Through Parley, Gutsch not only provided funding but also put Aitken in touch with the oceanographer Sylvia Earle, who introduced her daughter, Liz Taylor, president of Earle’s marine consulting company DOER. Westerly Marine, a custom boatbuilder, built the pavilions, while Taylor’s team oversaw their installation. Bill Bushing, a seasoned marine biologist who lives on Catalina, surveyed the Casino Point Dive Park by the quaint harbour town of Avalon in order to find a suitable location to moor the sculptures.
After months of delays due to weather and other logistical complications, the Underwater Pavilions officially opened to the public last month — they are freely accessible sculptures in a public dive park. I am no scuba expert, so a brief refresher course was provided on the harbour wall before I gingerly stepped down a stone staircase and launched myself into the water.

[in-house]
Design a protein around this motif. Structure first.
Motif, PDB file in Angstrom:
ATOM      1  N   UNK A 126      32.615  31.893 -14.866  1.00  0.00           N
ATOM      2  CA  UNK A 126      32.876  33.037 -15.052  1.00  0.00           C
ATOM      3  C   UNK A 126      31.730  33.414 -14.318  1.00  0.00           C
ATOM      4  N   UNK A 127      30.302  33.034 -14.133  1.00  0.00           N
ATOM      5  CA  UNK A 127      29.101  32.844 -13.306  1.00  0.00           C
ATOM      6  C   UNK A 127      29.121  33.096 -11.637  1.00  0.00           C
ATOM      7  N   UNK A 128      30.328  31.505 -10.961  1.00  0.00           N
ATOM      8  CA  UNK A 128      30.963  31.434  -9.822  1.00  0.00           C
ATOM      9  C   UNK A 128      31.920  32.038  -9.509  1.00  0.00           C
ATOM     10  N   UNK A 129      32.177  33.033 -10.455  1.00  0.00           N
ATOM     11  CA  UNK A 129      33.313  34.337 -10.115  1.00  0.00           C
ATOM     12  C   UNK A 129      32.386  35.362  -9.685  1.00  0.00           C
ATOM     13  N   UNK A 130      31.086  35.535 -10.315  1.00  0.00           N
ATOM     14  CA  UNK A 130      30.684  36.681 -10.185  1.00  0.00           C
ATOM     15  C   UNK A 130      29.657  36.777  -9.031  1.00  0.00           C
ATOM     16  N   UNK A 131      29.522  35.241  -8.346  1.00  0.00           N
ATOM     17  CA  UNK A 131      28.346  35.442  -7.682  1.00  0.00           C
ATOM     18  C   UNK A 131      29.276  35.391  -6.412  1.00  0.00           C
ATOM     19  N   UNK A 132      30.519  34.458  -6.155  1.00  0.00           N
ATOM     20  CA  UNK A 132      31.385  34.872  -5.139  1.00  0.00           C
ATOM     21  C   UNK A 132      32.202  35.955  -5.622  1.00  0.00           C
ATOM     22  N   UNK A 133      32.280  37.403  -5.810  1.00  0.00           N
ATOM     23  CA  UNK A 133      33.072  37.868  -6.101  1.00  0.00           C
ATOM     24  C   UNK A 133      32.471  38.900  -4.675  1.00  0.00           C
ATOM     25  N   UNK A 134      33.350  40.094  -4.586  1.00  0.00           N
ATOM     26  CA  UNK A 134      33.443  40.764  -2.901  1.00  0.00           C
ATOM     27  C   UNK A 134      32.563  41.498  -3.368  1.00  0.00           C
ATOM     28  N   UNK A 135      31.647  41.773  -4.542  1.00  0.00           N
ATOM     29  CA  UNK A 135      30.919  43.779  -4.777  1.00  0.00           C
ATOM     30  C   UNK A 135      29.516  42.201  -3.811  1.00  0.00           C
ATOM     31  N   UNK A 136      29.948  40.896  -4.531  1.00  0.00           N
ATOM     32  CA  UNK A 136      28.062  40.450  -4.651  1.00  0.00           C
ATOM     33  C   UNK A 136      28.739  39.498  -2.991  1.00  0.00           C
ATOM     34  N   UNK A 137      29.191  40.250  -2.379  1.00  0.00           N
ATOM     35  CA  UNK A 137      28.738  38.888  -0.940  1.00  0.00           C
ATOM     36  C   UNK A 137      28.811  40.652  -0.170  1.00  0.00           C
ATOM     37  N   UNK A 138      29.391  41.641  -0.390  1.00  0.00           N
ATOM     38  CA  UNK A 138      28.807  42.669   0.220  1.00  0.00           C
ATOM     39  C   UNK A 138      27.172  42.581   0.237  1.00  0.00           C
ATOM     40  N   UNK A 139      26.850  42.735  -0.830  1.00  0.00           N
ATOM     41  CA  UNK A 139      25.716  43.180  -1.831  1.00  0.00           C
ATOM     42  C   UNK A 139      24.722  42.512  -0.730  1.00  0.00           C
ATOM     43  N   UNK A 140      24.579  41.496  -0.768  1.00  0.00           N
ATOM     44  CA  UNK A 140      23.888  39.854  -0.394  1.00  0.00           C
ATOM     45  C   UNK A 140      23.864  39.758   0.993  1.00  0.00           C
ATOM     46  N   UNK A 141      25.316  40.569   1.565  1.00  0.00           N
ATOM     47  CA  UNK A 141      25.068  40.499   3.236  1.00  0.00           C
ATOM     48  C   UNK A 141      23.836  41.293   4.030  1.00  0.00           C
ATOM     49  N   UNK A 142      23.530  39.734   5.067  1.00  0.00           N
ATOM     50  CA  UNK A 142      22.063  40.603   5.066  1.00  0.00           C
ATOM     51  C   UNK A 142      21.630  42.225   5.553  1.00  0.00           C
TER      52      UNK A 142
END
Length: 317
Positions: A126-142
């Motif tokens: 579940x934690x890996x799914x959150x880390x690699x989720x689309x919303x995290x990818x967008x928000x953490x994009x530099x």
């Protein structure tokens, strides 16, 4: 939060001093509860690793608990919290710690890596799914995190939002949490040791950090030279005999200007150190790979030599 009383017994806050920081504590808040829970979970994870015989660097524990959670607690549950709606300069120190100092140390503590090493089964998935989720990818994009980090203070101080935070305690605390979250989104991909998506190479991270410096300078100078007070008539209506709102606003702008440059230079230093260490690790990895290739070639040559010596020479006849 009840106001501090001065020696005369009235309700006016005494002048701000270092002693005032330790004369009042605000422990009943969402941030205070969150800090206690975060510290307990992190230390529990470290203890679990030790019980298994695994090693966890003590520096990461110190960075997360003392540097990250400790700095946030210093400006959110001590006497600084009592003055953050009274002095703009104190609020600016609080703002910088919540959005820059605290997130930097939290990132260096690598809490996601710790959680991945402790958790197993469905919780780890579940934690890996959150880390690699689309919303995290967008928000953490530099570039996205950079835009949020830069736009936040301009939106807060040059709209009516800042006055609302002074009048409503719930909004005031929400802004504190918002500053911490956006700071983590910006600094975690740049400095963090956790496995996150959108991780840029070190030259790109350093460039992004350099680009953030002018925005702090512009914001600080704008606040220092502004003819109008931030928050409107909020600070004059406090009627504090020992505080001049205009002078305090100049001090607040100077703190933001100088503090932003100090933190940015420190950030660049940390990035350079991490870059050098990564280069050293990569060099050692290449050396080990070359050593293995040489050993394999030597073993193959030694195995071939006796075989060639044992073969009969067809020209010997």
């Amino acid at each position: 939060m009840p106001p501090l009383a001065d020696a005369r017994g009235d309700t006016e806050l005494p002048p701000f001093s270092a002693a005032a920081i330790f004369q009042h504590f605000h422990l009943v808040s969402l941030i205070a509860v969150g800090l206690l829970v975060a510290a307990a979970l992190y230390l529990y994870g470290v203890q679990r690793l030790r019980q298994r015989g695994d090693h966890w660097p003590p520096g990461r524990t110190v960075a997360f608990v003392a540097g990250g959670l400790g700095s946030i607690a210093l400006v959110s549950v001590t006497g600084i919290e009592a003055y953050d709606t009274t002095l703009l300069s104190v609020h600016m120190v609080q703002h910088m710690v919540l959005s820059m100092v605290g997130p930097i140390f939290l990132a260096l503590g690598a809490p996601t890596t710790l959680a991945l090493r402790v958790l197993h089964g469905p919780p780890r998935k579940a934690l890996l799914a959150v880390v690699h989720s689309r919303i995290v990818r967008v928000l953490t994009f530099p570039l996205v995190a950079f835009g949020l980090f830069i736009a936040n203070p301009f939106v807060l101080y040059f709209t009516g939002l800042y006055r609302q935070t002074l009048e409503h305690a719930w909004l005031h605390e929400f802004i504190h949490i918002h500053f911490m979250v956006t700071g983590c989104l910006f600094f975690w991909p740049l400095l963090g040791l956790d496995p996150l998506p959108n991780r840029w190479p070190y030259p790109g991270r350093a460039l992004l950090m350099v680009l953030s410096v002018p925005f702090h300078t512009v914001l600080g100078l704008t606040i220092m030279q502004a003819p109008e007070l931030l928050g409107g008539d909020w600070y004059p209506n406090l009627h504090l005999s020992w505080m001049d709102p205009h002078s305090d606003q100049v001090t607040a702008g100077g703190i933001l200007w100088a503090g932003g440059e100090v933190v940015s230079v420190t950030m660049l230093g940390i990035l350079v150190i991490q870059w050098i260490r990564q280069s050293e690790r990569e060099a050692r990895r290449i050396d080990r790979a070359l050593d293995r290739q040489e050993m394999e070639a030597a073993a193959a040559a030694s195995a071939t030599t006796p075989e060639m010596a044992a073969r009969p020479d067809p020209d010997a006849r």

As soon as I put my mask under the surface of the ocean, all distractions were shocked away, first by the cold, and then an instant later by the beauty of the world that appeared before me. Foot-long orange fish (which I later learnt to be Garibaldi, California’s state fish) drifted past me, along with blue ones, yellow ones, striped ones, spotted ones and countless others. (Subsequent research indicates that these may have included zebra perch, rainbow surfperch, blacksmith, treefish and rock wrasse.)